Fewer children in the United States are getting vaccinated. That’s bad news for those kids, and also for public health in general. Often, the response is to argue and debate and get angry at people who are we see as making terrible, irrational decisions. Instead of doing that, let’s use science to understand why this is happening in the first place. Continue reading
The first ever vaccine was created when Edward Jenner, an English physician and scientist, successfully injected small amounts of a cowpox virus into a young boy to protect him from the related (and deadly) smallpox virus. But how does this seemingly counterintuitive process work? Kelwalin Dhanasarnsombut details the science behind vaccines. Continue reading
In the second video of our two-part series on HIV and AIDS, we look at the challenges that have kept scientists from developing a cure, and the treatments that have still managed to improve the outlook for those infected. We’re conducting a survey of our viewers! Continue reading
In the first video in our two part series on HIV and AIDS, we explain how scientists figured out what HIV is, when the infection morphs into AIDS, and where they think the virus originated. Continue reading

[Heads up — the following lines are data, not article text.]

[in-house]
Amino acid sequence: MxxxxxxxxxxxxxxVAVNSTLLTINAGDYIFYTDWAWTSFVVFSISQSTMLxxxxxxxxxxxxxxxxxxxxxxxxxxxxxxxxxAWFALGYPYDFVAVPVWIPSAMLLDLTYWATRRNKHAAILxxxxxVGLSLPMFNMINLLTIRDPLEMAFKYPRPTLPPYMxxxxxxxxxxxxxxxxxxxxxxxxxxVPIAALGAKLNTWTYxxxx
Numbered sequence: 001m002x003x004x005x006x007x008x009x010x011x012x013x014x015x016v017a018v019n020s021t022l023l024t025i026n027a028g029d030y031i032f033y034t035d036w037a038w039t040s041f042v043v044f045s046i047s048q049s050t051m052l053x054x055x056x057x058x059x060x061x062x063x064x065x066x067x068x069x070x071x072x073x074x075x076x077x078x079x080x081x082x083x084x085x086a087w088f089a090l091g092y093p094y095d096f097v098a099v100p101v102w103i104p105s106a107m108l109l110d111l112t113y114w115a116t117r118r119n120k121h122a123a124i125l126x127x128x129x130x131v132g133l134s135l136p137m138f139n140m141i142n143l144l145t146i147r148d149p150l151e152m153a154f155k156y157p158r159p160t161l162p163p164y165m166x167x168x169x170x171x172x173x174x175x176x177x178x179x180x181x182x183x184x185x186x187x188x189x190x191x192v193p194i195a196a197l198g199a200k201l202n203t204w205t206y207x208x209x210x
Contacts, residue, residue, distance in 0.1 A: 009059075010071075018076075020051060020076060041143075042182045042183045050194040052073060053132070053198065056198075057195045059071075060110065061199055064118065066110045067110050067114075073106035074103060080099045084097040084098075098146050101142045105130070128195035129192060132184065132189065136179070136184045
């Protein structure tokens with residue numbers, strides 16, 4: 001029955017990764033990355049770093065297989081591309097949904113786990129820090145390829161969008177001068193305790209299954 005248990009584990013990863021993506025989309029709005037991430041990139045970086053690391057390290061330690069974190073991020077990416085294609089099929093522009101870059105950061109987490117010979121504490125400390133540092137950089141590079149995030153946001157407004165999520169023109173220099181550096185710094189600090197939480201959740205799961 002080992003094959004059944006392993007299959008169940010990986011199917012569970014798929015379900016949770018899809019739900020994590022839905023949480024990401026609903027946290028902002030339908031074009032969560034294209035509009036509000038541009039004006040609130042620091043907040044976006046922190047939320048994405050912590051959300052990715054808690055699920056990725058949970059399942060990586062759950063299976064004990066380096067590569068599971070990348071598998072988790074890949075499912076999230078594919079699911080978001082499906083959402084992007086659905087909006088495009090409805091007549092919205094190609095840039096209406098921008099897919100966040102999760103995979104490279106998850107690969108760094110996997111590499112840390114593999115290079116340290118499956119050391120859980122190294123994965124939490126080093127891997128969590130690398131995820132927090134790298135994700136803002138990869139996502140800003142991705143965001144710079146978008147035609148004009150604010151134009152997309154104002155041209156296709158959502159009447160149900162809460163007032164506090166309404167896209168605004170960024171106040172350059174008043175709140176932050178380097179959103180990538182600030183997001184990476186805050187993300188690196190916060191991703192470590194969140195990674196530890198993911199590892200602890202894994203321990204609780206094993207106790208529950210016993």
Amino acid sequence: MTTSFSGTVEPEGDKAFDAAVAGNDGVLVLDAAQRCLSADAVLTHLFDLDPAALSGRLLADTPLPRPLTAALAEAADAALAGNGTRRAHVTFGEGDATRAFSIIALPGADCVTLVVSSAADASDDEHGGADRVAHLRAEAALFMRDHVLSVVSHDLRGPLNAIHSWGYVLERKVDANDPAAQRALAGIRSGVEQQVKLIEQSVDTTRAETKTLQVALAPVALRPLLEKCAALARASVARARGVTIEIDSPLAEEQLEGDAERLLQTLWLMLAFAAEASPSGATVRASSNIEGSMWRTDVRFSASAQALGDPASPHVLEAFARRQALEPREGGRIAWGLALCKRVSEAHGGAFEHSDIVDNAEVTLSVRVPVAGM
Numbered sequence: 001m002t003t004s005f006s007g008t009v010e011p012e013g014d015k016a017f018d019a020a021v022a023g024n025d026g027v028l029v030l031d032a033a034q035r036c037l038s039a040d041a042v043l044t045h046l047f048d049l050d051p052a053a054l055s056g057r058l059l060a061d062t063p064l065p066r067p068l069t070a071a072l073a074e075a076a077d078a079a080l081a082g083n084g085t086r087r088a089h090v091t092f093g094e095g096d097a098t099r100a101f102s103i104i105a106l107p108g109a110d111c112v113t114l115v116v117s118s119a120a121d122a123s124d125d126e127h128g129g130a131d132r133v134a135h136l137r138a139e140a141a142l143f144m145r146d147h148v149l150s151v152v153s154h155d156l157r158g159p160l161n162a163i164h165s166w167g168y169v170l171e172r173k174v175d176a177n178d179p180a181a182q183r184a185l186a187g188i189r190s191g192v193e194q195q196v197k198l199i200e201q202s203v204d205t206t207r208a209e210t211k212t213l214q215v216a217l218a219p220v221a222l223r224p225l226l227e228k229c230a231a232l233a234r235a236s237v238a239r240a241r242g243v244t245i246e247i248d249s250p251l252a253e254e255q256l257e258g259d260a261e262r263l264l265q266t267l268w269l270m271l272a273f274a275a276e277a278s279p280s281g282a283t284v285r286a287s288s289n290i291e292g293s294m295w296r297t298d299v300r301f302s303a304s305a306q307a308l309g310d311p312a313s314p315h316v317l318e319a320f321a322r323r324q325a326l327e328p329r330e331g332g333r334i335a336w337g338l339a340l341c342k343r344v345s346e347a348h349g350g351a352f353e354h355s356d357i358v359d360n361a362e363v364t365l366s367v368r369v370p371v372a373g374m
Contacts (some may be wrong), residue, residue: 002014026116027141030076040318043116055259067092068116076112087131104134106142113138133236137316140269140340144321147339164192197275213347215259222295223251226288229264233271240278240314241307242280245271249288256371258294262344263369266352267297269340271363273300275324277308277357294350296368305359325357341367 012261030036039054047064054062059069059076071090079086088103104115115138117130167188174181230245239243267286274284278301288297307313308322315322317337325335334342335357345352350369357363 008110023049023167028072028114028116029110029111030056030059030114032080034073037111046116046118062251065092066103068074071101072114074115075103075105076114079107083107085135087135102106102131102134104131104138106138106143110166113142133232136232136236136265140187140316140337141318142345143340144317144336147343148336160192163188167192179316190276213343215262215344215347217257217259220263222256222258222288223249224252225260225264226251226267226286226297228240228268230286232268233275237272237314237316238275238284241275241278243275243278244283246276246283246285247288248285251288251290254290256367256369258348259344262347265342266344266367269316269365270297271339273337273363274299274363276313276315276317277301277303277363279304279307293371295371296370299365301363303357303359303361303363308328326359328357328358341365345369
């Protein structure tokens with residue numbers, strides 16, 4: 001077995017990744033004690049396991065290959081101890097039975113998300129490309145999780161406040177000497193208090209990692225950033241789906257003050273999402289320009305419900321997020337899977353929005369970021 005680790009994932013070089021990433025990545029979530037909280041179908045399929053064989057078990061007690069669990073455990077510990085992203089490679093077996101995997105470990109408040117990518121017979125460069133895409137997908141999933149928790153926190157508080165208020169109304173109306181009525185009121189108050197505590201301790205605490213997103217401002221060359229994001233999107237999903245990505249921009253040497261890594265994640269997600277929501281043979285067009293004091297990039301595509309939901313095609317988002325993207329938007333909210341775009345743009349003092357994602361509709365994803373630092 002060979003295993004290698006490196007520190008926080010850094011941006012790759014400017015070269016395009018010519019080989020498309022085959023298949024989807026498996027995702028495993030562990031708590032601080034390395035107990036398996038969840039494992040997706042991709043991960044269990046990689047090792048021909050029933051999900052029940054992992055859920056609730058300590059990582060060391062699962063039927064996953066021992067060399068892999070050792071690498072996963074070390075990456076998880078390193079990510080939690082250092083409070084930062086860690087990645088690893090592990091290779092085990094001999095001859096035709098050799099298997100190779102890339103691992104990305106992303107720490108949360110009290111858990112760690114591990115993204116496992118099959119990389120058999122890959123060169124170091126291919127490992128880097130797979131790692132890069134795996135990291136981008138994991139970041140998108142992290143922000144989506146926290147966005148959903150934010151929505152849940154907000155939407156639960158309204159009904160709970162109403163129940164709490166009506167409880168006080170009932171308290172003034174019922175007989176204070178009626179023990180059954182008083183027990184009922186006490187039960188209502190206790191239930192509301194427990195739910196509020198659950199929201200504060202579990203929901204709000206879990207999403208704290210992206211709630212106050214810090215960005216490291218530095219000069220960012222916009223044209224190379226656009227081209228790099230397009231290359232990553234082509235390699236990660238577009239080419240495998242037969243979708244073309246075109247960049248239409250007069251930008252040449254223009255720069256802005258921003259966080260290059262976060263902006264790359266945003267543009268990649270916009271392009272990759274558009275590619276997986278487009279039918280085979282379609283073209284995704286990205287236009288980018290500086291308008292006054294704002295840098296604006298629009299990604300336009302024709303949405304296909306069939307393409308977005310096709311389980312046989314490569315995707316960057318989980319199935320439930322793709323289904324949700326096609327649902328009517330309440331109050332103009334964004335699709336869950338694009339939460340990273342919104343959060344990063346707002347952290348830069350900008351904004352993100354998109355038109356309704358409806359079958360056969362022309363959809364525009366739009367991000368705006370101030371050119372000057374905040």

All year long, researchers at hospitals around the world collect samples from flu patients and send them to top virology experts with one goal: to design the vaccine for the next flu season. But why do we need a new one every year? Continue reading
For several centuries, people though diseases were caused by wandering clouds of poisonous vapor. Continue reading
High school science teacher Tyler DeWitt was ecstatic about a lesson plan on bacteria (how cool!) — and devastated when his students hated it. The problem was the textbook: it was impossible to understand. He delivers a rousing call for science teachers to ditch the jargon and extreme precision, and instead make science sing through stories and demonstrations. (Filmed at TEDxBeaconStreet.)
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In the more than three decades since researchers started seeing the first signs of AIDS, millions have lost their lives hoping modern medicine might produce a cure in time. While a cure still eludes the brightest minds, treatment for people who have AIDS (acquired immune deficiency syndrome) has come a long way.
For instance, someone who suspects they are at risk today can take a daily pill, Truvala, also known as PrEP, that proactively minimizes the likelihood he will contract HIV, the virus that causes AIDS. Projects to reduce the spread of AIDS in the United States and Africa have made excellent headway thanks to a collaboration between international organizations led by the U.S. government, the United Nations, the World Health Organization, and partners around the world.